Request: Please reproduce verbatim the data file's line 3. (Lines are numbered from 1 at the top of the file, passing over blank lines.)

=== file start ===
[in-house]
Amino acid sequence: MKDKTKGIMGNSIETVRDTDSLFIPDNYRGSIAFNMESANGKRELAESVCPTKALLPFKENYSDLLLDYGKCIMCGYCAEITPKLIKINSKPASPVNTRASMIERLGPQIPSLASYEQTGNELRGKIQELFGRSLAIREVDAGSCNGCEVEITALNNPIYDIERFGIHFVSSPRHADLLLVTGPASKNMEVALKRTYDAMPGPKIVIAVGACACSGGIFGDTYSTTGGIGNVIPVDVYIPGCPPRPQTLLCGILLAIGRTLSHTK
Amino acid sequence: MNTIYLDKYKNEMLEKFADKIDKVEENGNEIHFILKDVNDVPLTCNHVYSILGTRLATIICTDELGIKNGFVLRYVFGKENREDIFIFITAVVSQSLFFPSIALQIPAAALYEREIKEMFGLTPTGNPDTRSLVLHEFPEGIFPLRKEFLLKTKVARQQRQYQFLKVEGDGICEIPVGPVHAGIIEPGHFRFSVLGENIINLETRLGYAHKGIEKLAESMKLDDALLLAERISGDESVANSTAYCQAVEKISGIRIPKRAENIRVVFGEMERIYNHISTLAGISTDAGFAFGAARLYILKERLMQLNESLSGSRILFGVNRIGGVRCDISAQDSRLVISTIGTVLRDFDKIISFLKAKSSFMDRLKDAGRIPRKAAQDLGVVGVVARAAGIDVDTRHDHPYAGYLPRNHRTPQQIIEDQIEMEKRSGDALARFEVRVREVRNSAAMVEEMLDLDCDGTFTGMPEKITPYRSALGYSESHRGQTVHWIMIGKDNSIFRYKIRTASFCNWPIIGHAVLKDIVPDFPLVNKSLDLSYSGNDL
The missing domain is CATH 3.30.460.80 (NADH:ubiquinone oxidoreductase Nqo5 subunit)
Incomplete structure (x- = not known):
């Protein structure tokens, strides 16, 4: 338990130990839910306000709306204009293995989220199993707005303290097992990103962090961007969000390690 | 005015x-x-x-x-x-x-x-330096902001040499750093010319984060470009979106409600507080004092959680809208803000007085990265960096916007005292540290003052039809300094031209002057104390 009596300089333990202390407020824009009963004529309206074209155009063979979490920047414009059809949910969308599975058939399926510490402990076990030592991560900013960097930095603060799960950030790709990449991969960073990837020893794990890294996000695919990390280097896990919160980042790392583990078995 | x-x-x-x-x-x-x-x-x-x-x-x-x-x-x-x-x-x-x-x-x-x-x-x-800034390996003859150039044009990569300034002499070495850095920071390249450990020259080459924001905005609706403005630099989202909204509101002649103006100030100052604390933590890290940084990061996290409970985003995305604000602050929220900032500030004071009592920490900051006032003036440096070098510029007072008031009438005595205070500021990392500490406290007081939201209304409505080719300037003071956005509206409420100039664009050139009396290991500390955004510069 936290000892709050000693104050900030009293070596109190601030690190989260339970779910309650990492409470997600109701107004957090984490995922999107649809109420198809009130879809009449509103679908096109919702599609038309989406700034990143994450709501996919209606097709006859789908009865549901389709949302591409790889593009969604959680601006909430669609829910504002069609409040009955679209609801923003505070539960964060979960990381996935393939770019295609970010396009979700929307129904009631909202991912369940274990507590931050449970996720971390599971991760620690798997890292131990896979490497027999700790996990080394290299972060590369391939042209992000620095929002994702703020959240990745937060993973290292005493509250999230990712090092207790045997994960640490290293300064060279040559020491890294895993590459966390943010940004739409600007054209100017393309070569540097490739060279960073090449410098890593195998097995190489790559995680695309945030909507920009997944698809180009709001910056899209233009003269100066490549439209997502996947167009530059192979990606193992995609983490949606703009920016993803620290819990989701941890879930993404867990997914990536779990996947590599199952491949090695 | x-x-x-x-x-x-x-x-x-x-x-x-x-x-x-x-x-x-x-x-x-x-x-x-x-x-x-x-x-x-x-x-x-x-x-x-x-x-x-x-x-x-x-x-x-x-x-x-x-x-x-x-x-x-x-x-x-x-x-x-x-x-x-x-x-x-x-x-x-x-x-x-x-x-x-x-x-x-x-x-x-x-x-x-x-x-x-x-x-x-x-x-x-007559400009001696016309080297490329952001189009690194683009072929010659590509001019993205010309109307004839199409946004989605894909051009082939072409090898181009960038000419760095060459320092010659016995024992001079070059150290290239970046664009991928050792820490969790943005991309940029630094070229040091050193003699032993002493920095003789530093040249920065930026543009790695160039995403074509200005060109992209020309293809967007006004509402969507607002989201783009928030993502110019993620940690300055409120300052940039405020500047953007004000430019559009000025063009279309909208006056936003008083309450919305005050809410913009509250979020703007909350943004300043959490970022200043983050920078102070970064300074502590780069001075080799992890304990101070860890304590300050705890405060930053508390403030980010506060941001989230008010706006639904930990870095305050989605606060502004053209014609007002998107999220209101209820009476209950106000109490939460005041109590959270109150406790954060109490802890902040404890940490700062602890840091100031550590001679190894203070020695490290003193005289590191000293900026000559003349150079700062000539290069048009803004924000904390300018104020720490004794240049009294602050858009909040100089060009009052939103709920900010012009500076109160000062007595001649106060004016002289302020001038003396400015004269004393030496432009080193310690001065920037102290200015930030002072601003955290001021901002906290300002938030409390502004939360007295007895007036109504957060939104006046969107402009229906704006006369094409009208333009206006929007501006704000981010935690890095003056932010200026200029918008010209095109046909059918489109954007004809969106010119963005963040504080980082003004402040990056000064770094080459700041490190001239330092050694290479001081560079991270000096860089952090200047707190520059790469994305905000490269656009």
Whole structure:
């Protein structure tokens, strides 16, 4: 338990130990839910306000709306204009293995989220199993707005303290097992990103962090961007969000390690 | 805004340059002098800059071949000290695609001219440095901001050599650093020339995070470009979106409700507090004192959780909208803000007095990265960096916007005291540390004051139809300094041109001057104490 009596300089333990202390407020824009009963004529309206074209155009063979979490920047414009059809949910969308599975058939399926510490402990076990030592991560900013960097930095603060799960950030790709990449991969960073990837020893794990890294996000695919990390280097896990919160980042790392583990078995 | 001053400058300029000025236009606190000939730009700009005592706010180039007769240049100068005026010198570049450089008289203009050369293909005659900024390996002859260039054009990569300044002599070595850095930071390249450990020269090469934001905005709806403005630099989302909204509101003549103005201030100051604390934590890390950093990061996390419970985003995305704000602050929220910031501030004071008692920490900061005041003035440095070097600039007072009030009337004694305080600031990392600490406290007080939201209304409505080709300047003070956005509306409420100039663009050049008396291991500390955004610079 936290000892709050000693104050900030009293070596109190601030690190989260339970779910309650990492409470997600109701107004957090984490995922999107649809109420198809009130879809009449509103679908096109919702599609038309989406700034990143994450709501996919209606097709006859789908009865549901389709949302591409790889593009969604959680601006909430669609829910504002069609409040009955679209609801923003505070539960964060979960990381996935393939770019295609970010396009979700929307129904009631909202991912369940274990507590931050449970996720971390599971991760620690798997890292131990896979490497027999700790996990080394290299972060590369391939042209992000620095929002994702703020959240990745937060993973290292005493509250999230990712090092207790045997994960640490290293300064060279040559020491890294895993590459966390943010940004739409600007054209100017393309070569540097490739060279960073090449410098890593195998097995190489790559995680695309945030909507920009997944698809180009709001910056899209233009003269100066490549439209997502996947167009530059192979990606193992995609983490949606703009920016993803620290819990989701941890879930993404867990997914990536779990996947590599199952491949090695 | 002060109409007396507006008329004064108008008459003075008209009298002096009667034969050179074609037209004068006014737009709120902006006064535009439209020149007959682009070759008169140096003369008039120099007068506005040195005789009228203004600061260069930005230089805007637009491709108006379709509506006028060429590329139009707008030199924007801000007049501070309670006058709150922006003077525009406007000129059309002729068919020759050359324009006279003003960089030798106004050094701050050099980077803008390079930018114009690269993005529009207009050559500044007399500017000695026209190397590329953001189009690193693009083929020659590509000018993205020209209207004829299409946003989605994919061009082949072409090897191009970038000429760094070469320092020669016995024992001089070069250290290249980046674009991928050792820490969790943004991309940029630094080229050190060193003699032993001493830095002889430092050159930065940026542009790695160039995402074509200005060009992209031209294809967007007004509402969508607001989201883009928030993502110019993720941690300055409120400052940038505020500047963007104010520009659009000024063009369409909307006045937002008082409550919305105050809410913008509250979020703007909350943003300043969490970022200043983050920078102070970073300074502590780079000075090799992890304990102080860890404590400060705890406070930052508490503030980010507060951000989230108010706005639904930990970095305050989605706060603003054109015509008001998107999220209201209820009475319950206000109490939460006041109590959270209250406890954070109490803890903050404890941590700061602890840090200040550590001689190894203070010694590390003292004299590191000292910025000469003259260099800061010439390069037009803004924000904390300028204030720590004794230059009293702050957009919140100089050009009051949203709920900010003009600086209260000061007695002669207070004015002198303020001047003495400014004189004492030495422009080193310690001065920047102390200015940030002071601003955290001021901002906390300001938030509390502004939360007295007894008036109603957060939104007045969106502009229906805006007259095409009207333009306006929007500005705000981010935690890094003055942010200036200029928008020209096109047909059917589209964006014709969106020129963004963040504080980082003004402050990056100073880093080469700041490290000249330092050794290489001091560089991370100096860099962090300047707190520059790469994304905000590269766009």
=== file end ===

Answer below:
Amino acid sequence: MNTIYLDKYKNEMLEKFADKIDKVEENGNEIHFILKDVNDVPLTCNHVYSILGTRLATIICTDELGIKNGFVLRYVFGKENREDIFIFITAVVSQSLFFPSIALQIPAAALYEREIKEMFGLTPTGNPDTRSLVLHEFPEGIFPLRKEFLLKTKVARQQRQYQFLKVEGDGICEIPVGPVHAGIIEPGHFRFSVLGENIINLETRLGYAHKGIEKLAESMKLDDALLLAERISGDESVANSTAYCQAVEKISGIRIPKRAENIRVVFGEMERIYNHISTLAGISTDAGFAFGAARLYILKERLMQLNESLSGSRILFGVNRIGGVRCDISAQDSRLVISTIGTVLRDFDKIISFLKAKSSFMDRLKDAGRIPRKAAQDLGVVGVVARAAGIDVDTRHDHPYAGYLPRNHRTPQQIIEDQIEMEKRSGDALARFEVRVREVRNSAAMVEEMLDLDCDGTFTGMPEKITPYRSALGYSESHRGQTVHWIMIGKDNSIFRYKIRTASFCNWPIIGHAVLKDIVPDFPLVNKSLDLSYSGNDL